MANCHESTER, ENGLAND - MARCH 21: Samir Nasri of Manchester City shoots past Petr Cech of Chelsea to score their second goal during the Barclays Premier League match between Manchester City and Chelsea at the Etihad Stadium on March 21, 2012 in Manchester, England. (Photo by Alex Livesey/Getty Images)
Chelsea suffered their first loss of the Roberto di Matteo era when they were downed 2-1 by Manchester City at the Etihad Stadium. This is no embarrassment - no team has come away from their ground with so much as a point in the league (although Napoli did manage to get a draw there in Europe), and before the match a look at the numbers would have given Chelsea a less than 23% chance of not losing there.
That said, Chelsea were 1-0 up with 15 minutes to go, and turned three points into zero in pretty painful fashion. The team has now dropped more more points from winning positions than any other team in the league save Queens Park Rangers, losing like that hurts, no doubt, especially when Arsenal and Tottenham Hotspur gained ground on the Blues in the process. What could have been a season-defining win turned into a horrible, horrible loss. So what happened?
Team Shape And Selection
Roberto di Matteo apparently set his side up in a loose 4-2-3-1 with Frank Lampard and John Obi Mikel in the pivot, Raul Meireles in the hole, Juan Mata wide right, Ramires wide left and Fernando Torres central. I understand the reasoning behind most of the selections. Lampard was superb against Napoli. Mikel's been excellent recently. The Meireles-Torres axis seemed to be pure gold a few days ago. Micah Richard's move to the centre meant that Mata's lack of defensive presence on the left was at least partially mitigated. And, to top it all off, a match that you expect nothing from is a reasonable time to experiment.
In practice, however, the shape wasn't particularly well defined. That might be at least partially by design, but Mata's habit is to cut inside to take up the position nominally occupied by Meireles, Meireles is an attack-minded central midfielder rather than a true trequartista, and Lampard's discipline in the pivot is at least slightly questionable. During the match, it was difficult to tell what the attacking formation was actually supposed to be - the 4-2-3-1 blurred into something approximating a narrow, right-sided 4-3-3, and that lack of coherency probably contributed heavily to Chelsea's inability to do much from open play.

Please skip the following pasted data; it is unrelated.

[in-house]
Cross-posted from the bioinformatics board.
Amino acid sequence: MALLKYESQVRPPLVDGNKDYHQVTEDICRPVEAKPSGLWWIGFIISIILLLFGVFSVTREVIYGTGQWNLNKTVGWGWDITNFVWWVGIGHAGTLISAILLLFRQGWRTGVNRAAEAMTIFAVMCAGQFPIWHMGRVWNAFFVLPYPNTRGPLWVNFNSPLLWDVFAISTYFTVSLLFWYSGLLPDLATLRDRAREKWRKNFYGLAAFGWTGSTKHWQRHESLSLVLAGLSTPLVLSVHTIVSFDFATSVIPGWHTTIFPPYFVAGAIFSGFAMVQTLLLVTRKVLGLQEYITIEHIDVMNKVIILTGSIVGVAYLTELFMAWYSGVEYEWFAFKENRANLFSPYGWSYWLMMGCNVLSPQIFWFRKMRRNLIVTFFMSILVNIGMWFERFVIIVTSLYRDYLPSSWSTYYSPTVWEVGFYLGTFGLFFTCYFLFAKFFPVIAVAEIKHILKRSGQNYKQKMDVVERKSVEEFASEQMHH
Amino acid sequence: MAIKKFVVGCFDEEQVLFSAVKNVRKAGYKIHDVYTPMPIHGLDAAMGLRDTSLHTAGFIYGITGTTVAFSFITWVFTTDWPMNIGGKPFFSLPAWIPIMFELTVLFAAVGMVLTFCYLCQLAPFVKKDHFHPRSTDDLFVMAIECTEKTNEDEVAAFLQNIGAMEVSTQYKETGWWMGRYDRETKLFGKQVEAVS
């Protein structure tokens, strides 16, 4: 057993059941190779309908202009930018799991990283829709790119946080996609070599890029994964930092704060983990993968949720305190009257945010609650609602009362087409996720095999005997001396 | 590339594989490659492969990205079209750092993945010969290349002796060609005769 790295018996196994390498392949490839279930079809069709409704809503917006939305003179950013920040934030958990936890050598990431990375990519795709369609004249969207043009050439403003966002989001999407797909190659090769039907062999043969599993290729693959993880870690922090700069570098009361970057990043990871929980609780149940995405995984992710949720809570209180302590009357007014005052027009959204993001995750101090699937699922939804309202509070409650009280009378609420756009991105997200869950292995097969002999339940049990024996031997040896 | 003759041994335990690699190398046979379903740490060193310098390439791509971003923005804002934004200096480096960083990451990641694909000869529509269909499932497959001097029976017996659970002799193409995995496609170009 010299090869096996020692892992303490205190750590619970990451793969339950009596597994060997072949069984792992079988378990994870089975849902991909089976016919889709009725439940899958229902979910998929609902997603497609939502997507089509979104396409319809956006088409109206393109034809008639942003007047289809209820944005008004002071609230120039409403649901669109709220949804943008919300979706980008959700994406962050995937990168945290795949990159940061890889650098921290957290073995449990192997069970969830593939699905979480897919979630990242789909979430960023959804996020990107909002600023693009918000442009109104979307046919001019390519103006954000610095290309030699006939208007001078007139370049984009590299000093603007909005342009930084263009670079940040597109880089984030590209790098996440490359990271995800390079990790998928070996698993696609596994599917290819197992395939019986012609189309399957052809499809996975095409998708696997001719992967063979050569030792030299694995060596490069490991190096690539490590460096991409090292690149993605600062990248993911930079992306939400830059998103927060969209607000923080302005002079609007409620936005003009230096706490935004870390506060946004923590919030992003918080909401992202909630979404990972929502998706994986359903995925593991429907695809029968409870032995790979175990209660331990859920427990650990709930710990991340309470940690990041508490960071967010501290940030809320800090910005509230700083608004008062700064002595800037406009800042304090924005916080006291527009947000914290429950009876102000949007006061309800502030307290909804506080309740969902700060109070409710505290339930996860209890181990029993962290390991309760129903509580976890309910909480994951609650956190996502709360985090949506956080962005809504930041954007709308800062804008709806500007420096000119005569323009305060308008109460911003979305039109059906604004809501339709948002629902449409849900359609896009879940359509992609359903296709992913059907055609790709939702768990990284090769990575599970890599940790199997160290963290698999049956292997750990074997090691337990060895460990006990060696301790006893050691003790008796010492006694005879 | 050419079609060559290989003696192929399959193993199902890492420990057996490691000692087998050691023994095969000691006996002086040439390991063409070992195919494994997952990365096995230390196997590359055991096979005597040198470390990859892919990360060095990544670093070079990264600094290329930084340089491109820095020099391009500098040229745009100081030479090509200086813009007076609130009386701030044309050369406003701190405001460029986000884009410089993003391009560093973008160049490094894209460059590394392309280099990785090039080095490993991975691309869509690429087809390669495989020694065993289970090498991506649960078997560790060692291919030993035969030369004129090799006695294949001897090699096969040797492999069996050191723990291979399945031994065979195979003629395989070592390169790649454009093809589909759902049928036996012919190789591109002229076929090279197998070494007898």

The lack of width wasn't a major problem. Manchester City's fullbacks aren't much of a threat when Richards is shackled to the centre of defence and Adam Johnson, City's only true winger, didn't even make the bench. So congesting the centre was fine, and Mata wide left wasn't an issue. The problem was that the midfield was too heavy on the risk-taking/attack side of things, which isn't a wise way to play at the Etihad. We saw this when Frank Lampard gave the ball to Mario Balotelli in the first half and in Chelsea's poor passing game in the middle third, and I maintain that a diamond with Michael Essien and Ramires in the centre would have been a much more stable base from which to play.
The Fernando Torres vs. Didier Drogba question is a fascinating one. Torres played well against Leicester City on Sunday, while Drogba was superb against Napoli in the Champions League last week. Obviously, those two teams are on completely different levels, so the purely rational analysis has Drogba starting here. Emotionally it's an entirely different question - the need for Torres de-pumpkin himself is acute, and I'm sure di Matteo took the decision to start the Spaniard over Drogba was based with psychological factors in mind.
Realistically, Torres didn't play particularly badly (although after a strong start, he faded pretty significantly) and Drogba was quite poor when he came on as a substitute, but I'm still not convinced that starting Torres was the correct move considering how unlikely it was that City would give him any space to play in. Striking the correct balance between attempting to restore Torres's confidence and fielding the best team possible is a difficult challenge for di Matteo, and I'm glad I don't have to deal with it.